It's a weird thing to look at yourself on the big screen. Yes, it turned out my mug was impossible to cut from 21 - I'm all over the place, specifically in the two classroom scenes that bookend the movie. And despite my fear of following in the footsteps of Pee-Wee, my friends and family assured me I did an excellent job of sitting, staring, taking notes and laughing at Kevin Spacey's terrible jokes. It's been a year since I worked on the movie, and needless to say, a lot has changed. I'd still jump at the chance to do more extra work for the set experience and the stories I can share here, but lately I've been focusing way more on getting my friends together, getting some lights and microphones and (as Joel Coen put it so wonderfully) playing in our corner of the sandbox. Should we ever find success, I like the idea of my appearance in 21 as the work of a spy in the studio machine. For now, though, I'm just glad I made my Nana proud.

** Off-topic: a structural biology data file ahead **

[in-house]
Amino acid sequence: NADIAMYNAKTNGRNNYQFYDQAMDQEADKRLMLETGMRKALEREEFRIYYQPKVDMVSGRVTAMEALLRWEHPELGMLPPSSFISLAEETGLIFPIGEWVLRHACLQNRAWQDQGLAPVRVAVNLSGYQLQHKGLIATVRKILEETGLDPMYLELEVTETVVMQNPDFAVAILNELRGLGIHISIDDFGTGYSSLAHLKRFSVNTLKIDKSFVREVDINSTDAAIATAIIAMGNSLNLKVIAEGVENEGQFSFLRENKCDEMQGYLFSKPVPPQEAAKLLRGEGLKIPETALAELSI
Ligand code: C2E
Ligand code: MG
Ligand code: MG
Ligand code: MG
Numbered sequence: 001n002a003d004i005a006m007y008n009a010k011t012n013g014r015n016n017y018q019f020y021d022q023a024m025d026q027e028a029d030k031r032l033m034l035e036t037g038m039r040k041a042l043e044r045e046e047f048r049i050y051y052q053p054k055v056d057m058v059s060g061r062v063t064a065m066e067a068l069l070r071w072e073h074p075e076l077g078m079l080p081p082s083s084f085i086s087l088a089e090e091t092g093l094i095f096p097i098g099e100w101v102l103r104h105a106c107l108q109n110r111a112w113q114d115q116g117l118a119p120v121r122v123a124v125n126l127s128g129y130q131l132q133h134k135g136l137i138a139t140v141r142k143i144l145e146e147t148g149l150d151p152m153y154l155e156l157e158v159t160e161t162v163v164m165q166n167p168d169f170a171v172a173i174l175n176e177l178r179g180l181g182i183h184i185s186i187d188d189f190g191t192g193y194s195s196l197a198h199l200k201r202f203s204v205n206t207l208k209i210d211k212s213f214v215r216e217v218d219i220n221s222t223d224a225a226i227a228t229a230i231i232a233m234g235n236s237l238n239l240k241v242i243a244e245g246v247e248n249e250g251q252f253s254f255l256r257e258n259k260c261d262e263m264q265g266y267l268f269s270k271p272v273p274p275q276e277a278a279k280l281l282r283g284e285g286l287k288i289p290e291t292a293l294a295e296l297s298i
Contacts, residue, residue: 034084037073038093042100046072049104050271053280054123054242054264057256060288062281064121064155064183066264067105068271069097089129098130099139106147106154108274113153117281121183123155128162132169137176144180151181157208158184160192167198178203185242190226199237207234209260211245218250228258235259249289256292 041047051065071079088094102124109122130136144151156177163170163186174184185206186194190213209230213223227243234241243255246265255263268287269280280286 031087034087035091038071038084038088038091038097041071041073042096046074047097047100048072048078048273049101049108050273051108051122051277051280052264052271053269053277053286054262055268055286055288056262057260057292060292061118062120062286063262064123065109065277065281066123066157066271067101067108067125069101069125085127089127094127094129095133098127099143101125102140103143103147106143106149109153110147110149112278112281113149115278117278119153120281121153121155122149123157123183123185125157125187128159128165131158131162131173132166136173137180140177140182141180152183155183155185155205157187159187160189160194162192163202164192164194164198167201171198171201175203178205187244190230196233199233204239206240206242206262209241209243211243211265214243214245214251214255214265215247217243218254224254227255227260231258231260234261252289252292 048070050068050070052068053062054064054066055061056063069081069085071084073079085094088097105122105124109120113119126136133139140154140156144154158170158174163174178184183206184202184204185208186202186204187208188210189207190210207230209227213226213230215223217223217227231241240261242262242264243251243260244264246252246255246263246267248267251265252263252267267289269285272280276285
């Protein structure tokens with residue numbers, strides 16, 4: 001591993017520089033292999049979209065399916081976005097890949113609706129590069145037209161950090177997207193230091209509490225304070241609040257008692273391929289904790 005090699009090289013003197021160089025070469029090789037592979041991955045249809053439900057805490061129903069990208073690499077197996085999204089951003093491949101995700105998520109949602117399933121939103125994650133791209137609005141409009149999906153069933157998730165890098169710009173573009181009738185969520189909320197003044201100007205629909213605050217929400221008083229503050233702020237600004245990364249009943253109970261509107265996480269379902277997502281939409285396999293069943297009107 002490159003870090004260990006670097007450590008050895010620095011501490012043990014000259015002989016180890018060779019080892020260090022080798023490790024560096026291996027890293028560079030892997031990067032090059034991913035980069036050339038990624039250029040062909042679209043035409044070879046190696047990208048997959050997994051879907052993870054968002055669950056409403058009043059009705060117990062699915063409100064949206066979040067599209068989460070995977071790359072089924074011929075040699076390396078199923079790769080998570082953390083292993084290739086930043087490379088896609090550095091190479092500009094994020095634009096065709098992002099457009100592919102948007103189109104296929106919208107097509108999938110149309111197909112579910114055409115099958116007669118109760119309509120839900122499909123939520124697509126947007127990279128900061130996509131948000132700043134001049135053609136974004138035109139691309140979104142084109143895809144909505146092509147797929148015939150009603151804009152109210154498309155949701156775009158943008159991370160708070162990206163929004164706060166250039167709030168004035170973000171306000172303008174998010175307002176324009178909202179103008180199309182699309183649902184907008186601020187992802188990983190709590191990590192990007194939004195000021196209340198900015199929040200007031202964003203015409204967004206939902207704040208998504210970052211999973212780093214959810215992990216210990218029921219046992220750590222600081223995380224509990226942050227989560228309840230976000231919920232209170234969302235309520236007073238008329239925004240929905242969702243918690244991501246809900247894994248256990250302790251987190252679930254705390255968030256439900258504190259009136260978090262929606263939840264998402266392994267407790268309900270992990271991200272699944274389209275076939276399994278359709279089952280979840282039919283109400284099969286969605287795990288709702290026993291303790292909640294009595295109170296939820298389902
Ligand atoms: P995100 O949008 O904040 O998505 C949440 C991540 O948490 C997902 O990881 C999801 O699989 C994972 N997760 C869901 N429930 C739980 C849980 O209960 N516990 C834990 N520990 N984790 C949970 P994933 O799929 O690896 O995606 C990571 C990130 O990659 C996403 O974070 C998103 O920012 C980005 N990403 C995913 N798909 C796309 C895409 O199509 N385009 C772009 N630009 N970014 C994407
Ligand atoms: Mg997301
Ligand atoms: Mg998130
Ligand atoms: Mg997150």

And make no mistake, 21 is every bit a product of that machine, calculated and predictable from beginning to end and engineered to appeal to a 14-year-old's materialism and horniness. It's pretty shallow, in other words, but also weirdly likeable - I could imagine it playing a triple feature with Hot Pursuit and Some Kind of Wonderful on "USA Up All Nite" one lazy Friday night in 1988. I know that's not the sort of recommendation that'll compel you to race to your nearest multiplex, but if you do see 21, make sure to keep an eye out for a brown-haired dude wearing a plaid shirt in the first classroom scene and a brown one in the second. That'd be me, a blogger and living easter egg.